Q: How do we keep jobs from going overseas?

Obama: Rebuild our infrastructure; get financial system working with strong regulation; education; ensure there is reciprocity in trade agreements (that is, make sure we can sell American goods abroad if our trading partners can sell here); make sure we have enforceable labor and environmental laws here and abroad.

Posted by: Patrick S. O'Donnell | Dec 21, 2008 1:19:16 PM

BTW, to my Leftist colleagues who might be scandalized by a Marxist supporter of "free trade" they might well consider the reasons Marx himself, in the words of the economist Meghnad Desai, "was a supporter of free trade, and no friend of tariff barriers" (See, for example, Desai's Marx's Revenge: The Resurgence of Capitalism and the Death of Statist Socialism, London, Verso, 2002). Indeed, I think those on the Left who are truly concerned about global distributive justice should seriously entertain fresh-thinking proposals on the subject, such as Robert Hockett's "Three (Potential) Pillars of Transnational Economic Justice: The Bretton Woods Institutions as Guarantors of Global Equal Treatment and Market Completion," in Christian Barry and Thomas W. Pogge, eds., Global Institutions and Responsibilities: Achieving Global Justice (Malden, MA: Blackwell, 2005): 90-123. The Bretton Woods institutions referred to in the title are of course the International Monetary Fund, the World Bank, and GATT/WTO.

Posted by: Patrick S. O'Donnell | Dec 21, 2008 12:36:46 PM

And then, if we could complete the Doha Round of negotiations at the WTO....

Speaking from the vantage point of legal theory, and at the domestic level, I think it would be nice if we had some theoretical municipal equivalent of "constitutional justice" that is emerging on the international plane to guide us in a principled manner on these issues and which would certainly allow for things like "Barney Frank's grand bargain." See, for instance, Ernst-Ulrich Petersmann, "Bridging Foundations: Human Rights and International Trade Law: Defining and Connecting the Two Fields," in Thomas Cottier, Joost Pauwelyn, and Elisabeth Burgi, eds., Human Rights and International Trade (New York: Oxford University Press, 2005): 29-94, and another recent piece by Petersmann that is quite intriguing: "Human Rights, International Economic Law and ‘Constitutional Justice,’" The European Journal of International Law, Vol. 19, No. 4, 2008: 769-798, and freely available online: http://ejil.oxfordjournals.org/cgi/reprint/19/4/769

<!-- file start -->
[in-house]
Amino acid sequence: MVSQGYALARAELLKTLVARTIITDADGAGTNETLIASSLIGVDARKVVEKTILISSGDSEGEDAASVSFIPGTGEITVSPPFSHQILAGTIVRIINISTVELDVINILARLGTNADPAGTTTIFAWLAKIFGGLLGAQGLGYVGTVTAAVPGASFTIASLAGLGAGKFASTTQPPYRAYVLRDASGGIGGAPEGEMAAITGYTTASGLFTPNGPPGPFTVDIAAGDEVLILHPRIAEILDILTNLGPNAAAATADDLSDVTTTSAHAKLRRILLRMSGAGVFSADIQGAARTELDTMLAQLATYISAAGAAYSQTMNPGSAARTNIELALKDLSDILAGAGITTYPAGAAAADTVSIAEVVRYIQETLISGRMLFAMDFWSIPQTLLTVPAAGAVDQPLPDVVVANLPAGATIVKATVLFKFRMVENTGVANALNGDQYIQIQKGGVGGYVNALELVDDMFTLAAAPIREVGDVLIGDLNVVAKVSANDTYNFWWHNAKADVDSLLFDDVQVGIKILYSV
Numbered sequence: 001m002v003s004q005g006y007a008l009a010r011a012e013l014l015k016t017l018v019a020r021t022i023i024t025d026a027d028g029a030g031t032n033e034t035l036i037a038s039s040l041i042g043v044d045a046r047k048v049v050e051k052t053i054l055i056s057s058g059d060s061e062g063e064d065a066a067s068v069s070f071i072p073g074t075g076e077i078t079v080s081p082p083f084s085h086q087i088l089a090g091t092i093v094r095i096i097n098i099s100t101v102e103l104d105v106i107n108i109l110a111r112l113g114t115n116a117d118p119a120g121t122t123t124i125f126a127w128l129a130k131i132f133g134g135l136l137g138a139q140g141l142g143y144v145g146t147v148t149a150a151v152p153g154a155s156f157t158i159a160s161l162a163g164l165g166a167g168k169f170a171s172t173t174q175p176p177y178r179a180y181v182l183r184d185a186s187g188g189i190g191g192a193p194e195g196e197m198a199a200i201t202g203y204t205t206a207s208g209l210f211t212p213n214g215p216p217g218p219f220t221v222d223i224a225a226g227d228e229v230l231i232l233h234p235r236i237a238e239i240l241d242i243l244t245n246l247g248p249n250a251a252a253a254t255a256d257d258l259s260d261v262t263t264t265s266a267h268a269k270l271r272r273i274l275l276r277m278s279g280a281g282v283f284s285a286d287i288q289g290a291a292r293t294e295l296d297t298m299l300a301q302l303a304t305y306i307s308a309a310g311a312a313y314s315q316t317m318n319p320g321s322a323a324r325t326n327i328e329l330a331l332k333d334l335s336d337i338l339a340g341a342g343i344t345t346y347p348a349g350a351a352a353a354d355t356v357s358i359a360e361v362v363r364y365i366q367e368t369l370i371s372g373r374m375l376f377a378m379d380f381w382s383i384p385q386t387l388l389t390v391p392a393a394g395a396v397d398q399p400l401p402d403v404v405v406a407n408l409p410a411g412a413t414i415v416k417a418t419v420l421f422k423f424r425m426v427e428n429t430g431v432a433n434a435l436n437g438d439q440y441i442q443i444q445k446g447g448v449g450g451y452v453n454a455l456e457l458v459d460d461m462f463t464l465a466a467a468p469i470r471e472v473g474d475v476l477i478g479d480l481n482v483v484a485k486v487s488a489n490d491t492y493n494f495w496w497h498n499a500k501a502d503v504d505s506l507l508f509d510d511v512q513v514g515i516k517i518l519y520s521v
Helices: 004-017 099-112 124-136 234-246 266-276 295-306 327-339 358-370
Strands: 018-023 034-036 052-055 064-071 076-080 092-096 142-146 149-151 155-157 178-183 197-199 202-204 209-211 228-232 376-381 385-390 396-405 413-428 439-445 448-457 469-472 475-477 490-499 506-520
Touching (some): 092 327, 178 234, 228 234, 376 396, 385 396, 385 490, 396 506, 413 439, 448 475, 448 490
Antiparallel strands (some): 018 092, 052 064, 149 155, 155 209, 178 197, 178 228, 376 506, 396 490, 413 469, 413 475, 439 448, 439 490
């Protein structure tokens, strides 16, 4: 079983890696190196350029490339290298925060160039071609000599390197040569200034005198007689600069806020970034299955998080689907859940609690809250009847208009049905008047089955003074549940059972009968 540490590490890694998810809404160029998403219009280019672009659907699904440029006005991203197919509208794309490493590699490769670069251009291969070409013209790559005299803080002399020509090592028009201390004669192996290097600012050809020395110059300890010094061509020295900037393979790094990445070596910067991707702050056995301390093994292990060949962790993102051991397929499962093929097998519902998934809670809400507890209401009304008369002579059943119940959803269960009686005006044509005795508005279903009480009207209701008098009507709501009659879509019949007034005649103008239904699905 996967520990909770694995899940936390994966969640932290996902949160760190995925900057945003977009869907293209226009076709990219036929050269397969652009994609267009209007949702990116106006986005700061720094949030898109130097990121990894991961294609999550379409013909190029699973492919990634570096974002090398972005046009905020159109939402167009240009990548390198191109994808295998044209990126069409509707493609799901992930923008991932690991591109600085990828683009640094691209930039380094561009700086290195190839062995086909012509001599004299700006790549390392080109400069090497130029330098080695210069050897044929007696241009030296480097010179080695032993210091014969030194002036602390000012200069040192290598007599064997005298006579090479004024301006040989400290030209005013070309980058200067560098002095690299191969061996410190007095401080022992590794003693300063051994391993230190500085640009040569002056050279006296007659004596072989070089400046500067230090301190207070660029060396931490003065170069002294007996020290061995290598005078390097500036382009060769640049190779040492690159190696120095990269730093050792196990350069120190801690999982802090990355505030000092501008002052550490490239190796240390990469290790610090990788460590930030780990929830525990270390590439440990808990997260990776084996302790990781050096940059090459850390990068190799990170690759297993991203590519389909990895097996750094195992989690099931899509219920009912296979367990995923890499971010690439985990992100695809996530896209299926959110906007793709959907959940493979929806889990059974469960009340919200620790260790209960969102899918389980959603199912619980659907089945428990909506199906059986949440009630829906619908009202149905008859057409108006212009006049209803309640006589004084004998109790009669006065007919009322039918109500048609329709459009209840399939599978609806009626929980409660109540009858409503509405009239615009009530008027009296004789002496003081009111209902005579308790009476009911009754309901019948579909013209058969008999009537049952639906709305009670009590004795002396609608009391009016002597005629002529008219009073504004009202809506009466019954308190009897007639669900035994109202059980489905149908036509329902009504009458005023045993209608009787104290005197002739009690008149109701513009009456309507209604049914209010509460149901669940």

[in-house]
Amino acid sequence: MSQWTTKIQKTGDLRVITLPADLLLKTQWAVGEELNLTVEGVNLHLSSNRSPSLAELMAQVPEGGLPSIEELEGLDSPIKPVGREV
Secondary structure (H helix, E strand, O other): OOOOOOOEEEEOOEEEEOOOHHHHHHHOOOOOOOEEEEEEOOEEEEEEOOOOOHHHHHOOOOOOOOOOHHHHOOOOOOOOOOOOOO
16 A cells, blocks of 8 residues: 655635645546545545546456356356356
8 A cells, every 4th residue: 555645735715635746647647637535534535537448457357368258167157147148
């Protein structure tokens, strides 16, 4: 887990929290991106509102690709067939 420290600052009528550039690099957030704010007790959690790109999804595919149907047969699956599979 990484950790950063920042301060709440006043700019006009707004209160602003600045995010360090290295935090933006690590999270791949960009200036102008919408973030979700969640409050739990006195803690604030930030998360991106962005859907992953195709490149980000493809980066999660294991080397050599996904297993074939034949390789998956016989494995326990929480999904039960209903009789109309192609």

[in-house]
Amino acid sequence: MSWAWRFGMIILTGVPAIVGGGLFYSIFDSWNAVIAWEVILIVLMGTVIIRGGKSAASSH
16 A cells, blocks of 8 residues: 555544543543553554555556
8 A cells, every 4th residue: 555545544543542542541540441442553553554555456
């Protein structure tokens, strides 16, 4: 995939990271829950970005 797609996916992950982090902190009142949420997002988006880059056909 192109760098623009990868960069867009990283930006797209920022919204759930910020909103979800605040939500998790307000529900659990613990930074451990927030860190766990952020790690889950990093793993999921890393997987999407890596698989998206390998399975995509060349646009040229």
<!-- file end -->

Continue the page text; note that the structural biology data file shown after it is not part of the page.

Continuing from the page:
A helpful book on these issues as they relate to ILO standards, again on the international level, is Bob Hepple's Labour Laws and Global Trade (Portland, OR: Hart, 2005).

And pardon me if I can't help but mentioning a book that looks at these topics from the perspective of organized labor: Jeffrey Harrod and Robert O'Brien, eds., Global Unions? Theory and Strategies of Organized Labour in the Global Politial Economy (London: Routledge, 2002).

Posted by: Patrick S. O'Donnell | Dec 21, 2008 12:16:50 PM